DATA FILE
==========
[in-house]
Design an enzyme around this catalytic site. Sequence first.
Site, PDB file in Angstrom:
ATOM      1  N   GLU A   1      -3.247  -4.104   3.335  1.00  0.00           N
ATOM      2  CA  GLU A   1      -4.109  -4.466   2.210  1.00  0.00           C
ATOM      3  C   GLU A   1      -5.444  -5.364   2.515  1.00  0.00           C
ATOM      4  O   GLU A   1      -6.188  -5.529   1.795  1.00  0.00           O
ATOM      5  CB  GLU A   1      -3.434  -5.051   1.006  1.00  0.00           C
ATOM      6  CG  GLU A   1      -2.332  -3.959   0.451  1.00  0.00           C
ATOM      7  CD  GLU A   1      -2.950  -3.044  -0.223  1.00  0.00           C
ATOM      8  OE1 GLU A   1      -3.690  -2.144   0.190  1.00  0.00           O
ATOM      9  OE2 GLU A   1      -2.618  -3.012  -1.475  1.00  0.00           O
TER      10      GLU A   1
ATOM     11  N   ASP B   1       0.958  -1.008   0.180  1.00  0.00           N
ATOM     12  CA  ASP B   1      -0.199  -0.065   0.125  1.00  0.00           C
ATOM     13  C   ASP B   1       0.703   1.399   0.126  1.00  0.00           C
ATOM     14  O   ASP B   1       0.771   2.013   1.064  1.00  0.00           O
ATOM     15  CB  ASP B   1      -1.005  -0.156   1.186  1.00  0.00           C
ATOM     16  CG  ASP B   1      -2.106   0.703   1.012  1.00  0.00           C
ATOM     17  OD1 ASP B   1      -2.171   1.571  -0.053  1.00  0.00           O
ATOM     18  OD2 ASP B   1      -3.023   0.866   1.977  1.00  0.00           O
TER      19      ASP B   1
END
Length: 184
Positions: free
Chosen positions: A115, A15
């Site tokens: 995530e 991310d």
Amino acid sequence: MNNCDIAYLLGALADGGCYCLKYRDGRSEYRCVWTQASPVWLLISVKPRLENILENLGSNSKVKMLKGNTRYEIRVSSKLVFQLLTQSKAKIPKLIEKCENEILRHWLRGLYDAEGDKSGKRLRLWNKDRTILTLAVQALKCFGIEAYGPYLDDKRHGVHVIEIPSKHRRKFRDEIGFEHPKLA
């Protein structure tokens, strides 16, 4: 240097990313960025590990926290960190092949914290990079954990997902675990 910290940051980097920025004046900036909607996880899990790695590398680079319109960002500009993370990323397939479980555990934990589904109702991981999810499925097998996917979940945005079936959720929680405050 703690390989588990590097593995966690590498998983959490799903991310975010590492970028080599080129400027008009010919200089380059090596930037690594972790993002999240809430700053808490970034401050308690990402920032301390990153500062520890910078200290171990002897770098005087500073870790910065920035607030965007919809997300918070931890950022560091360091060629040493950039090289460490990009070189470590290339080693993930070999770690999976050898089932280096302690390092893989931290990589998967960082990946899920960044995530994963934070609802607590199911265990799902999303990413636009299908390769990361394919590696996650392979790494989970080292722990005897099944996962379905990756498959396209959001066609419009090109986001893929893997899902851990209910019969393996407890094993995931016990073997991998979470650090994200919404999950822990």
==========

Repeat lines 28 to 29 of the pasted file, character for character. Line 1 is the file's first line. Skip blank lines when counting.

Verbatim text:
Amino acid sequence: MNNCDIAYLLGALADGGCYCLKYRDGRSEYRCVWTQASPVWLLISVKPRLENILENLGSNSKVKMLKGNTRYEIRVSSKLVFQLLTQSKAKIPKLIEKCENEILRHWLRGLYDAEGDKSGKRLRLWNKDRTILTLAVQALKCFGIEAYGPYLDDKRHGVHVIEIPSKHRRKFRDEIGFEHPKLA
């Protein structure tokens, strides 16, 4: 240097990313960025590990926290960190092949914290990079954990997902675990 910290940051980097920025004046900036909607996880899990790695590398680079319109960002500009993370990323397939479980555990934990589904109702991981999810499925097998996917979940945005079936959720929680405050 703690390989588990590097593995966690590498998983959490799903991310975010590492970028080599080129400027008009010919200089380059090596930037690594972790993002999240809430700053808490970034401050308690990402920032301390990153500062520890910078200290171990002897770098005087500073870790910065920035607030965007919809997300918070931890950022560091360091060629040493950039090289460490990009070189470590290339080693993930070999770690999976050898089932280096302690390092893989931290990589998967960082990946899920960044995530994963934070609802607590199911265990799902999303990413636009299908390769990361394919590696996650392979790494989970080292722990005897099944996962379905990756498959396209959001066609419009090109986001893929893997899902851990209910019969393996407890094993995931016990073997991998979470650090994200919404999950822990």